This article describes ByteTrack for multiple object tracking, published in 2021.
The ByteTrack paper “ByteTrack: Multi-Object Tracking by Associating Every Detection Box” is available on ArXiv, and the implementation ByteTrack is available on GitHub.
ByteTrack improves performance by devising data association algorithms. The idea is to perform data association using all detection boxes, as the title of the paper says, “Associating Every Detection Box”. However, according to the implementation, data association is performed using detection boxes with a score higher than 0.1, so we feel that it is better to say that almost every detection box is suitable for the implementation.
Next, using the figure below, we describe the problem that ByteTrack tries to solve. Figure (a) shows the detection boxes and their scores in frame t1, t2, t3. Figure (b) shows an example of data association using high score detection boxes with scores higher than 0.5. At frame t1, three tracklets are generated, but at frame t2 and frame t3, occlusion causes the detection score for the red tracklet to be less than 0.5 and the red tracklet to disappear. Now, if we change the above countermeasure to use the every detection box, the performance will suffer due to more false positives. This is the detection dilemma.
Data Association of ByteTrack
Here we take a closer look at ByteTrack’s data association algorithm. ByteTrack performs data association in two parts. The paper calls them first and second association respectively.
The first association is the data association between high score detections and tracklets. Here, a high score detection is a detection whose score is higher than a threshold (0.6 in the paper’s experiments). At the first association, the state vector of each matched tracklet is updated by the Kalman filter as shown in Figure (b). In the first association, unmatched high score detections and unmatched tracklets are moved to remain detections and remain tracklets, respectively. At frame t2 and frame t3 in Figure (b), the red tracklet is moved to the remain tracklet because it has no corresponding high score detection.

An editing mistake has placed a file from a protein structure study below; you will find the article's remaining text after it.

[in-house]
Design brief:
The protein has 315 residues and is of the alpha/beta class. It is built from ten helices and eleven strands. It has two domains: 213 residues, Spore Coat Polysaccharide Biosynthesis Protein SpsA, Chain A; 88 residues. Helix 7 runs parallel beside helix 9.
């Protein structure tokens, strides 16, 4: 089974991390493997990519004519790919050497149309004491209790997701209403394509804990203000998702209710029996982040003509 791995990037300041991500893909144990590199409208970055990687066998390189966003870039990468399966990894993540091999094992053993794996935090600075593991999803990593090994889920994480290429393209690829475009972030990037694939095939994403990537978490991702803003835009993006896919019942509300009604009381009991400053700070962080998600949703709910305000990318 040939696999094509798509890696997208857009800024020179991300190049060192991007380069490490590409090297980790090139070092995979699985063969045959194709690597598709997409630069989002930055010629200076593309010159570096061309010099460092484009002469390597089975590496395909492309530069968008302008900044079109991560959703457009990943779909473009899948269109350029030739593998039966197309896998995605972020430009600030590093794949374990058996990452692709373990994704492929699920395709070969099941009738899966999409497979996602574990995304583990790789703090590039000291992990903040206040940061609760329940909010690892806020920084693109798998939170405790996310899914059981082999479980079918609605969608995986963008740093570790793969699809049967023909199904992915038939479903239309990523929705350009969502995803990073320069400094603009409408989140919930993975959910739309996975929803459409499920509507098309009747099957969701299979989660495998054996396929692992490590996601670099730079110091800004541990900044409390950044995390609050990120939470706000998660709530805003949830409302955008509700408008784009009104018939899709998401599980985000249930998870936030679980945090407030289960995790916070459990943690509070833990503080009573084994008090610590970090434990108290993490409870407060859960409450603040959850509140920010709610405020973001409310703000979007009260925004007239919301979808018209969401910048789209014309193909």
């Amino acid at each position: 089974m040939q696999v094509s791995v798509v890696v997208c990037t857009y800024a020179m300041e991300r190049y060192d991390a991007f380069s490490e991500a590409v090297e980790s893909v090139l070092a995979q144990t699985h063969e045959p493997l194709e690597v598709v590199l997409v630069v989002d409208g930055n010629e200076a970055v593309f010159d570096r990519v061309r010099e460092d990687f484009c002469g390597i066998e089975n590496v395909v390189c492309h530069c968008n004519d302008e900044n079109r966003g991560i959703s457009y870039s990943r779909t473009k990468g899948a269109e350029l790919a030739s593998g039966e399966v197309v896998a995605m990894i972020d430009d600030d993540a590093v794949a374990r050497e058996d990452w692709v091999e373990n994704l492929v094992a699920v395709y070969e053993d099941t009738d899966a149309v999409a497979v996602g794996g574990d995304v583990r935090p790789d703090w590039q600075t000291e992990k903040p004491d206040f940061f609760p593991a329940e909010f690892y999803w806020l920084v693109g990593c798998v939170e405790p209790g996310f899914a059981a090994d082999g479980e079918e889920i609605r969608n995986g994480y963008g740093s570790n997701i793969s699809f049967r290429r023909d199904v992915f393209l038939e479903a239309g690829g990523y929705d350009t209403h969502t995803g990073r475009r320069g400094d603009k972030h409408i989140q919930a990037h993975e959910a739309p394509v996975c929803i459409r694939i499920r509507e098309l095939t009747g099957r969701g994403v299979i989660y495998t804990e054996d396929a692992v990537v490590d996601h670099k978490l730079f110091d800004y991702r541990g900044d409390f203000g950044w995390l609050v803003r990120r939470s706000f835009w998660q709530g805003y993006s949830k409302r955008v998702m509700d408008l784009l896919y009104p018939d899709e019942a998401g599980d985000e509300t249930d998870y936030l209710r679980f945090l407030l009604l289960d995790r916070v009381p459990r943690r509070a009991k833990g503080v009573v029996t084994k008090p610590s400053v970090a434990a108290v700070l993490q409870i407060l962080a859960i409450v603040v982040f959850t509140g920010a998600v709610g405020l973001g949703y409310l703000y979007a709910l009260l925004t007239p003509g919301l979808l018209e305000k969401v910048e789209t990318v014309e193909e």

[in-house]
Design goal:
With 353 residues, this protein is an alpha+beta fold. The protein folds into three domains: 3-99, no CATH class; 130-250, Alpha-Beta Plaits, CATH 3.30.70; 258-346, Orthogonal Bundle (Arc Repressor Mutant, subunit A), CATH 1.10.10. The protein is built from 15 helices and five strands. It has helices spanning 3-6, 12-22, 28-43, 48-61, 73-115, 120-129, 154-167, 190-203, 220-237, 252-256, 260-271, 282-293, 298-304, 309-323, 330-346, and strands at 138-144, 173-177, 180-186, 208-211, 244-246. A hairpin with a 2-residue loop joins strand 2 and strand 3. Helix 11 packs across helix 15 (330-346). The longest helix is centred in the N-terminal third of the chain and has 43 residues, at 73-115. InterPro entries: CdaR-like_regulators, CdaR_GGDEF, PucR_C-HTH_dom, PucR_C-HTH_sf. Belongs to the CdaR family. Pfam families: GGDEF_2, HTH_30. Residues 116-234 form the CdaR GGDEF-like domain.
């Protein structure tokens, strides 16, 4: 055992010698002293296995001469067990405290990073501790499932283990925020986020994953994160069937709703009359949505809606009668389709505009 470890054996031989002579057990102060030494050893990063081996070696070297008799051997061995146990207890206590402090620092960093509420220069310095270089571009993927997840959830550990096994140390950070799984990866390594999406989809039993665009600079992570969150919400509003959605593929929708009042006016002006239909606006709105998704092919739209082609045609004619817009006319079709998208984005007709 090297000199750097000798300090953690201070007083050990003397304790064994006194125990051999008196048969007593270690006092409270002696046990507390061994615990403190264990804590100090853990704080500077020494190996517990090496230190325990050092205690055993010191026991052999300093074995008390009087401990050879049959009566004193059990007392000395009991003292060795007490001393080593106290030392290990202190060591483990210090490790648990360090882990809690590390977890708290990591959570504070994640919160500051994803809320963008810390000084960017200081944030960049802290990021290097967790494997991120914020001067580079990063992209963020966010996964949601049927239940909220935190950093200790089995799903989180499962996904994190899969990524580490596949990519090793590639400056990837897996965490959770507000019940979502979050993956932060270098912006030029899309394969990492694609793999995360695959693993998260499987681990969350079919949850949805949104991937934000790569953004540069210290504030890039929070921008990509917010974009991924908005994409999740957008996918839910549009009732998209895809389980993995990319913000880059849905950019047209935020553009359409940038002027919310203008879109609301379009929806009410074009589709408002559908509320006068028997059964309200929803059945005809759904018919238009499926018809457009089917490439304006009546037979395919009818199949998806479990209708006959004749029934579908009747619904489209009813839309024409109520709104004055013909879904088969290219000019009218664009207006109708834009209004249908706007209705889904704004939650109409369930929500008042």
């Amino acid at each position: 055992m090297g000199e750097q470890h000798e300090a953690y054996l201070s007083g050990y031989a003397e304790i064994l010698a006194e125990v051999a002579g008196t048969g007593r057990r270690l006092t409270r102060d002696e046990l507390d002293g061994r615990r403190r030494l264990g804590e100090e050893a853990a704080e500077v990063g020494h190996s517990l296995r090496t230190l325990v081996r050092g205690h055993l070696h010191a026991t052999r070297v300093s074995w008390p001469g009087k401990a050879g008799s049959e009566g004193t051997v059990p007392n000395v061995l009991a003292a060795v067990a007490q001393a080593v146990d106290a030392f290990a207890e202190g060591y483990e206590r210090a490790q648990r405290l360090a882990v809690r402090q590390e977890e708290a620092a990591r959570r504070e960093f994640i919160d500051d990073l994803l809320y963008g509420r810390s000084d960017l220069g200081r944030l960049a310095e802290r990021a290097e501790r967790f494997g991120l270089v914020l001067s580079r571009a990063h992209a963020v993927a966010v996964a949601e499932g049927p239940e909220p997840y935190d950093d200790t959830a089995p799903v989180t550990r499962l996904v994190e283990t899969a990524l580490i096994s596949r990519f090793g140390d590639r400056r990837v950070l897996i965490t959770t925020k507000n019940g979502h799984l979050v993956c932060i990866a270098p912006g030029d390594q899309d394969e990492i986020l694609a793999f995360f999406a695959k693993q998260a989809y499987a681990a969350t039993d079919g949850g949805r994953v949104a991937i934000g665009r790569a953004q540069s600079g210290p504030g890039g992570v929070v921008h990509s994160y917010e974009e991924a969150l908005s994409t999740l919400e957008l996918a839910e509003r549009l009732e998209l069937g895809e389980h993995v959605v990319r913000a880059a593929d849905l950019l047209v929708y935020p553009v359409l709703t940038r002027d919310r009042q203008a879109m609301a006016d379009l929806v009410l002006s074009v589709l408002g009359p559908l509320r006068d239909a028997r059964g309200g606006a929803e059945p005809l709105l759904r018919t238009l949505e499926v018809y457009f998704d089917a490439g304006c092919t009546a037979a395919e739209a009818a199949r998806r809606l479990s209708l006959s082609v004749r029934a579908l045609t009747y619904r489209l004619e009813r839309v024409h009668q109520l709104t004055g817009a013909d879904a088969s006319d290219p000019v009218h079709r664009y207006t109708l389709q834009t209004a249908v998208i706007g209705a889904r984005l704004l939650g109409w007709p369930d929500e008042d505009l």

The second association is the data association between low score detections and the remain tracklets. Here, a low score detection is a detection with a score below a threshold in the paper and a detection with a score below a threshold and above 0.1 in the implementation. In Figure (c), the red dashed remain tracklet is data associated with detections with scores of 0.4 and 0.1 in frame t2 and frame t3, respectively. In the second association, unmatched remain tracklets are moved to re-remain tracklets. Note that unmatched low score detections are not moved to the remain detections and are discarded.
In other words, ByteTrack solves the aforementioned detection dilemma by performing data associations with low score detections only for those remain tracklets that did not have corresponding high score detections.
Versatility of the ByteTrack Algorithm
Here we look at the versatility of ByteTrack’s data association algorithm.
The ByteTrack implementation uses intersection-over-union (IoU) as a similarity metric for both first and second associations. On the other hand, in the ByteTrack paper, the similarity metrics for each association are described as
Similarity#2, respectively, and are versatile.
The paper compares IoU and Re-ID as similarity metrics by benchmarking with MOT17 and BDD100K. Note that Re-ID is a similarity metric that uses appearance features. In the benchmark using MOT17, either IoU or Re-ID is a good choice for
Similarity#1 of the first association. IoU achieves better MOTA and IDs while Re-ID achieves higher IDF1. In the benchmark using BDD100K, Re-ID achieves better performance than IoU. However, regarding
Similarity#2 of the second association, it is stated that it is desirable to use IoU. The reason for this is that low score detections are affected by occlusion or motion blur, and appearance features are unreliable.
The paper also applies ByteTrack’s data association algorithm to nine existing trackers and shows that it improves the performance of many trackers.
In this article, we discussed ByteTrack’s data association for multiple object tracking, published in 2021.
We believe that ByteTrack’s data association algorithm, called BYTE, is a simple, effective and general data association method.